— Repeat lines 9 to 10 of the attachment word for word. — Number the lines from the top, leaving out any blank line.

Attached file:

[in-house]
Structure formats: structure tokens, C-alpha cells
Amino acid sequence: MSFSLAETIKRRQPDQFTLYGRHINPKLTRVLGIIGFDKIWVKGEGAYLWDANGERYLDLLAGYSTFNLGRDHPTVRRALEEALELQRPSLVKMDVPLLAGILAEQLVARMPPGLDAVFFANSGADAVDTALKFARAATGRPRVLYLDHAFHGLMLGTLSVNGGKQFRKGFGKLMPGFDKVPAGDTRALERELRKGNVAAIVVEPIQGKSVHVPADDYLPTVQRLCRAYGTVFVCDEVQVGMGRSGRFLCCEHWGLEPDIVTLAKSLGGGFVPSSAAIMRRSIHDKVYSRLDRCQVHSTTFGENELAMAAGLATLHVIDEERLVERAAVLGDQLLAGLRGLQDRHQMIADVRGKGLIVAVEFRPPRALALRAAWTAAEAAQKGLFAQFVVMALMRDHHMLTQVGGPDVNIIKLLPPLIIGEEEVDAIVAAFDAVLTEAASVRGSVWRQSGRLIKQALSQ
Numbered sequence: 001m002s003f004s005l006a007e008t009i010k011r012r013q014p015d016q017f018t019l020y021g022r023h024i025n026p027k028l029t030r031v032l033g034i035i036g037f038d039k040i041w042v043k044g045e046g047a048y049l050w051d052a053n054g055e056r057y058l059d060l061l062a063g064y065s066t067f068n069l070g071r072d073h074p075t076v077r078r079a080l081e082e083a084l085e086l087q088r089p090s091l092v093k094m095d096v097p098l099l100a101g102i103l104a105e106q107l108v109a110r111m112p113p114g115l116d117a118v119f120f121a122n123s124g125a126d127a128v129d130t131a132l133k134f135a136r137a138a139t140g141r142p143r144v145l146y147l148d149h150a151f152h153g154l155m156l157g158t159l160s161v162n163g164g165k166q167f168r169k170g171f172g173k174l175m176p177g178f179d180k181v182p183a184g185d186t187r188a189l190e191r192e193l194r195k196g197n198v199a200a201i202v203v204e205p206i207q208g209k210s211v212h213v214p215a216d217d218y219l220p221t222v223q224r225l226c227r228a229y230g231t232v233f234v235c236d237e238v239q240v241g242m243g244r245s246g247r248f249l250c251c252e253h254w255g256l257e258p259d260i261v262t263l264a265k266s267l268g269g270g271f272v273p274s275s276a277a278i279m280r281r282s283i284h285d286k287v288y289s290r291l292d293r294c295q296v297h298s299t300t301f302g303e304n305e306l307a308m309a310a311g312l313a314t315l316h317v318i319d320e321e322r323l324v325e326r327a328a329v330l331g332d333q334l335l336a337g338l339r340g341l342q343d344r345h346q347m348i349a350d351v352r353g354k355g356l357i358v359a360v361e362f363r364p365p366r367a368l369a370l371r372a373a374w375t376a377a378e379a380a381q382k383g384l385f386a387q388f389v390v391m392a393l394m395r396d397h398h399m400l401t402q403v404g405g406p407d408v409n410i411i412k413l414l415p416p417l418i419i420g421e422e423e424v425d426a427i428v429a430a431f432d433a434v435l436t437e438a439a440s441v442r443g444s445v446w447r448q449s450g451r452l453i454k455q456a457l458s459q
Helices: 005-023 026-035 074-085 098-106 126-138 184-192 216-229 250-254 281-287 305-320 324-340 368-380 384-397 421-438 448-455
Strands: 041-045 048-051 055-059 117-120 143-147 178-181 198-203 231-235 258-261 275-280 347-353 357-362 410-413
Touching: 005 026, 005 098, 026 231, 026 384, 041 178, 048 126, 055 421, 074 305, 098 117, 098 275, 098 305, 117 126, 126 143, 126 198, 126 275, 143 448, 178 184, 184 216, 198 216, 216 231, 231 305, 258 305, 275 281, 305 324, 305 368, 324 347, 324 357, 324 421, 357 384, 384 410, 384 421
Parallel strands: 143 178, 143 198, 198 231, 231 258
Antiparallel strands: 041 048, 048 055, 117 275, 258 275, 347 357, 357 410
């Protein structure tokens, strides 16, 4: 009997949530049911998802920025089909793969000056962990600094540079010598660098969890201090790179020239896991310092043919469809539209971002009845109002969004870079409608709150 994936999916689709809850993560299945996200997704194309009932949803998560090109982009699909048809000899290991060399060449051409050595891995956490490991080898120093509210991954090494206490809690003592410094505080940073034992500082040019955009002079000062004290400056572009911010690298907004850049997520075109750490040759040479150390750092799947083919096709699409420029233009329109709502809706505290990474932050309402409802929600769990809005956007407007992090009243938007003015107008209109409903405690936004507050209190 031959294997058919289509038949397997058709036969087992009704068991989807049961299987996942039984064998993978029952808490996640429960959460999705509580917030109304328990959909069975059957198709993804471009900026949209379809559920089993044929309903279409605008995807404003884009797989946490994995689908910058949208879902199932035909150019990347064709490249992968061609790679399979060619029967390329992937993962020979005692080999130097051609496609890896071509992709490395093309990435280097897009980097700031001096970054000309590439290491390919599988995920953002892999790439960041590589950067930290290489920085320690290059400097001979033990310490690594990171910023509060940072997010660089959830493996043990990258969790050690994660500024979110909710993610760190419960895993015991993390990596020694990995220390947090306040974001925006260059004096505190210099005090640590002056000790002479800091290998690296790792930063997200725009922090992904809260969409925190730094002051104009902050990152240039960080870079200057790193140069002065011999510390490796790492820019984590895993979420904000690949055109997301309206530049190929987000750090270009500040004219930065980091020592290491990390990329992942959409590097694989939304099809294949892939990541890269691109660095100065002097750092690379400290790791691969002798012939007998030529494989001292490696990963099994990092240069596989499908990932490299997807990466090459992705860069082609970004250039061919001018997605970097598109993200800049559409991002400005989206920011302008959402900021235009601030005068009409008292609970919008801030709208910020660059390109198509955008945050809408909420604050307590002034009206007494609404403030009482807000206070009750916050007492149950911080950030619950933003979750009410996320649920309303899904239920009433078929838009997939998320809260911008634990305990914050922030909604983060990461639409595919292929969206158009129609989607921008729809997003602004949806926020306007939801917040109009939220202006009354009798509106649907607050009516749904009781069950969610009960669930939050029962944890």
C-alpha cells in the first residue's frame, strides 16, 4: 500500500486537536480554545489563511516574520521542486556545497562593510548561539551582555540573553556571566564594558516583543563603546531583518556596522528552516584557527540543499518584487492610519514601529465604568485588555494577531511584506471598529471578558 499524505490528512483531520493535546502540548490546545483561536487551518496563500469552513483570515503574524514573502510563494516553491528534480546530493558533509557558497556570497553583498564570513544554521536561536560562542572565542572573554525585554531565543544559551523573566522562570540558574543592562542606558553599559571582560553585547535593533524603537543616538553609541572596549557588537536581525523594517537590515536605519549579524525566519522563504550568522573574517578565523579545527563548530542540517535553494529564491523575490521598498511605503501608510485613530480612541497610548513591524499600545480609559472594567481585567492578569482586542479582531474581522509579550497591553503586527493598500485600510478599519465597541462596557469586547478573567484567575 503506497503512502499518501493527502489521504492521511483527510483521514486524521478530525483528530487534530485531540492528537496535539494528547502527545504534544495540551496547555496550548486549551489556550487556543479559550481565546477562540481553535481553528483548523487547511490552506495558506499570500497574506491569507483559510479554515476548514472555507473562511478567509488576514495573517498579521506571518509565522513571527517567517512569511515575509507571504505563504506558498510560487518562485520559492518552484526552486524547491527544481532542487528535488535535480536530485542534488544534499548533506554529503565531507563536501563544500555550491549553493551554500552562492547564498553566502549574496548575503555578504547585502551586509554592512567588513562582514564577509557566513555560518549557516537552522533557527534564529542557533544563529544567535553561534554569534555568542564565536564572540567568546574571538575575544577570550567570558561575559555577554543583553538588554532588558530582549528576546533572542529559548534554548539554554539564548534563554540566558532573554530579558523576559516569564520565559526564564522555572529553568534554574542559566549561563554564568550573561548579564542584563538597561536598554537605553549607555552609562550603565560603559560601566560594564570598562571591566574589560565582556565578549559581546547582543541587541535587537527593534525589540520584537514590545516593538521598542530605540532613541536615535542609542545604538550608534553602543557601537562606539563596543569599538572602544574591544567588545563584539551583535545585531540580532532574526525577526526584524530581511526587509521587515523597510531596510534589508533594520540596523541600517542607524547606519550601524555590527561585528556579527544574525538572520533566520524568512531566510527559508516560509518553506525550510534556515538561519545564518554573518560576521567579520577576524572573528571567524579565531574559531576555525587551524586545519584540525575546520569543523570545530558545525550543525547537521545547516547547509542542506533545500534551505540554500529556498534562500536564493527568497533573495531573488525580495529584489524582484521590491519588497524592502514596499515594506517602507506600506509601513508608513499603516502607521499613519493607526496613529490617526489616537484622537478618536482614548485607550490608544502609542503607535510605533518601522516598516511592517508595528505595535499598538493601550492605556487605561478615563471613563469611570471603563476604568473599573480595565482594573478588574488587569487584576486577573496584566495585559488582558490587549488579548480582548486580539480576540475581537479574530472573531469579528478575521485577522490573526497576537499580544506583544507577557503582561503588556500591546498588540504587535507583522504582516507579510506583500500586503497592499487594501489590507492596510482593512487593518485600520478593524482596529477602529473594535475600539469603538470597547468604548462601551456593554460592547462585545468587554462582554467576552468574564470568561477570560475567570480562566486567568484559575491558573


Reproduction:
Antiparallel strands: 041 048, 048 055, 117 275, 258 275, 347 357, 357 410
């Protein structure tokens, strides 16, 4: 009997949530049911998802920025089909793969000056962990600094540079010598660098969890201090790179020239896991310092043919469809539209971002009845109002969004870079409608709150 994936999916689709809850993560299945996200997704194309009932949803998560090109982009699909048809000899290991060399060449051409050595891995956490490991080898120093509210991954090494206490809690003592410094505080940073034992500082040019955009002079000062004290400056572009911010690298907004850049997520075109750490040759040479150390750092799947083919096709699409420029233009329109709502809706505290990474932050309402409802929600769990809005956007407007992090009243938007003015107008209109409903405690936004507050209190 031959294997058919289509038949397997058709036969087992009704068991989807049961299987996942039984064998993978029952808490996640429960959460999705509580917030109304328990959909069975059957198709993804471009900026949209379809559920089993044929309903279409605008995807404003884009797989946490994995689908910058949208879902199932035909150019990347064709490249992968061609790679399979060619029967390329992937993962020979005692080999130097051609496609890896071509992709490395093309990435280097897009980097700031001096970054000309590439290491390919599988995920953002892999790439960041590589950067930290290489920085320690290059400097001979033990310490690594990171910023509060940072997010660089959830493996043990990258969790050690994660500024979110909710993610760190419960895993015991993390990596020694990995220390947090306040974001925006260059004096505190210099005090640590002056000790002479800091290998690296790792930063997200725009922090992904809260969409925190730094002051104009902050990152240039960080870079200057790193140069002065011999510390490796790492820019984590895993979420904000690949055109997301309206530049190929987000750090270009500040004219930065980091020592290491990390990329992942959409590097694989939304099809294949892939990541890269691109660095100065002097750092690379400290790791691969002798012939007998030529494989001292490696990963099994990092240069596989499908990932490299997807990466090459992705860069082609970004250039061919001018997605970097598109993200800049559409991002400005989206920011302008959402900021235009601030005068009409008292609970919008801030709208910020660059390109198509955008945050809408909420604050307590002034009206007494609404403030009482807000206070009750916050007492149950911080950030619950933003979750009410996320649920309303899904239920009433078929838009997939998320809260911008634990305990914050922030909604983060990461639409595919292929969206158009129609989607921008729809997003602004949806926020306007939801917040109009939220202006009354009798509106649907607050009516749904009781069950969610009960669930939050029962944890």